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OC's rich rush to cash in on gold

By Rajesh Mirchandani
BBC News, Orange County, California

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The scene at Stephanie West's gold party

In an above-average house in an upscale neighbourhood of a decidedly well-to-do area, the wine flows, the laughter cascades and the canapes are politely declined.

About 15 women are gathered in the spacious kitchen/dining room of this comfortable home in California's Orange County, all showing off their jewellery.

Incomes in "The OC" are 25% higher than average for the state and unemployment lower. But even here, the US recession is biting. House prices have fallen nearly 30% in a year and now about one home in every 250 is at risk of foreclosure, or repossession.

America's wealthy are hurting, so this is a get-together with a difference: a gold party.

Guests bring old unwanted jewellery and sell it. It is tupperware for tough times. Not so much a bring-and-buy as a bye-to-bling.

Erin Stevenson
Erin Stevenson says the parties are a fun way to sell

Gold parties happen in other states but, in California, Erin Stevenson's company has about 11 reps who organise up to three parties a week. Erin has never known it as busy.

At the home of hostess Stephanie West, who recently retired early from the airline industry, Erin and her team of buyers test guests' trinkets for quality and weight.

Stephanie herself has a bag full of gold jewellery she has had for years, presents from old boyfriends that she will never wear again. Many others clutch the same: once valued, now unwanted gifts.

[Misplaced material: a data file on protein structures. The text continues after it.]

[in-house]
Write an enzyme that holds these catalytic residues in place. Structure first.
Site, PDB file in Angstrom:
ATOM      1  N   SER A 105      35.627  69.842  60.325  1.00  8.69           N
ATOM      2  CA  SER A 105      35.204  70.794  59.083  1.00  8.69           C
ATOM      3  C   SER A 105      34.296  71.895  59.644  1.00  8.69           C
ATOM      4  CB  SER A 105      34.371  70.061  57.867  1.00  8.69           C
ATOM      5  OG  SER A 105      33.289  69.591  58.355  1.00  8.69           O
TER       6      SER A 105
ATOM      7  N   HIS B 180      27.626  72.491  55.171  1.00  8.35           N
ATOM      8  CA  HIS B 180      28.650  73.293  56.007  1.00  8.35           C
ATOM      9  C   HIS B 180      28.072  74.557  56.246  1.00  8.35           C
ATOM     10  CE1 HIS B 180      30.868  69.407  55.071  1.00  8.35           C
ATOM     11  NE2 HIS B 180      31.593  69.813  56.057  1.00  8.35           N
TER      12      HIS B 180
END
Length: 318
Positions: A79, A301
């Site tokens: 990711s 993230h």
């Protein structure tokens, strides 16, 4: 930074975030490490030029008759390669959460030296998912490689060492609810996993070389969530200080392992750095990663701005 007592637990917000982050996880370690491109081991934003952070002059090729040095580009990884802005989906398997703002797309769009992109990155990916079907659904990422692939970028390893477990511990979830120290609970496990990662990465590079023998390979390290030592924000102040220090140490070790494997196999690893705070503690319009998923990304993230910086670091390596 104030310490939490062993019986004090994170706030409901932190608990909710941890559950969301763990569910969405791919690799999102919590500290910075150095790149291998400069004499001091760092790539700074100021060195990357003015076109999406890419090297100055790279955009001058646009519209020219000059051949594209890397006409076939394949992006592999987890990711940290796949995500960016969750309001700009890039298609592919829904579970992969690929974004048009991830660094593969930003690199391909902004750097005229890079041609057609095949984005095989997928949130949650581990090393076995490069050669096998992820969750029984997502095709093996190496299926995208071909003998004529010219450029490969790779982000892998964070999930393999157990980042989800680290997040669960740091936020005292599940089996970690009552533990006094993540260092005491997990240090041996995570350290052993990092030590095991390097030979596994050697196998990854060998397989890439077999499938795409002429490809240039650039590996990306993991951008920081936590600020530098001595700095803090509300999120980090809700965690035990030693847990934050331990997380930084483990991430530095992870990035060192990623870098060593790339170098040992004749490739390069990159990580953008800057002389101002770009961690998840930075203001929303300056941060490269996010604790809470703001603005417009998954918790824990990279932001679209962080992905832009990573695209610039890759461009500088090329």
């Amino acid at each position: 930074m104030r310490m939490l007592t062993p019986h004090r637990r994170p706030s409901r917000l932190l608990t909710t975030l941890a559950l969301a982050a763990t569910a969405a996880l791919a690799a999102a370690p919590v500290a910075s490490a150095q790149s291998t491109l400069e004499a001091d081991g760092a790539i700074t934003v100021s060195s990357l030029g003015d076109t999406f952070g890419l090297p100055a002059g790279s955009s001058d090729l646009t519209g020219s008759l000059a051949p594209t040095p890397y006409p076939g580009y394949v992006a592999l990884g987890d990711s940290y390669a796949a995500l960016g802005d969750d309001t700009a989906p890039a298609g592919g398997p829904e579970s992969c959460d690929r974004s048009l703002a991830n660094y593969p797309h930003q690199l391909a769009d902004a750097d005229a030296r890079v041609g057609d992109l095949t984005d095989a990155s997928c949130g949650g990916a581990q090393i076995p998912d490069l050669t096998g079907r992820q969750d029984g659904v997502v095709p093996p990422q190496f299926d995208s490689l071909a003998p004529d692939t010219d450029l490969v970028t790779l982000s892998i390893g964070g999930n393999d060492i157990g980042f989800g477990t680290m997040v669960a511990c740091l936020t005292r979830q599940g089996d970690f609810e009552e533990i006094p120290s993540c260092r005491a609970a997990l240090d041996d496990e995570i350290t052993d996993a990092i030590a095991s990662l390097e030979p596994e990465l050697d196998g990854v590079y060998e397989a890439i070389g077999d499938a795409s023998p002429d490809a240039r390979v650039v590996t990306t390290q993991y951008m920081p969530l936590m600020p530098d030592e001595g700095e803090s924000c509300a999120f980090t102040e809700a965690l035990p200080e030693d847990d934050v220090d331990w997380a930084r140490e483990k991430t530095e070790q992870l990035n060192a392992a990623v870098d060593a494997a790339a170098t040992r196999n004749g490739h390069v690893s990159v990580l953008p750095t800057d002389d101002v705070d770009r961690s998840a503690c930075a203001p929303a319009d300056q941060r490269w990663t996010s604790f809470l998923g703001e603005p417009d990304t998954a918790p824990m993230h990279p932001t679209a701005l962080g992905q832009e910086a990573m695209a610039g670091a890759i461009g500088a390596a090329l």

Erin pays about 60% of the market price, and then sells the gold in bulk to a refinery for about 95% of the going rate.

So the refinery pays below market rates, Erin makes a profit and, at more than $900 (640) an ounce, the guests feel like they are getting money for nothing.

Here, at least, gold parties are not a way to make ends meet. They offer easy liquidity for the cash-strapped middle-classes.

Gold being weighed
Each customer's gold is weighed and tested for quality

Many say they will spend the money they realise on treats - a piece of art they could not otherwise justify or a meal for the family.

Amie Larson, who says she holds down four jobs, says she is selling gold that was a gift from her ex-husband in order to pay for her new husband's birthday party.

After the gold is weighed and sorted by carat, Erin calculates the total worth for each guest. The wine has helped ease the mood but it is when the cheques get written that the party really starts to swing. And the amounts are not small.

Hostess Stephanie Hunt made $477 and salon-worker Amie Larson $416, while another guest, Bebe Bach, came out tops with $541. Others walked off with about $100 or $200.

One told me: "It's $100 more than I came in with."

As America's recession bites harder, it seems even the country's wealthier residents are willing to make every penny count.

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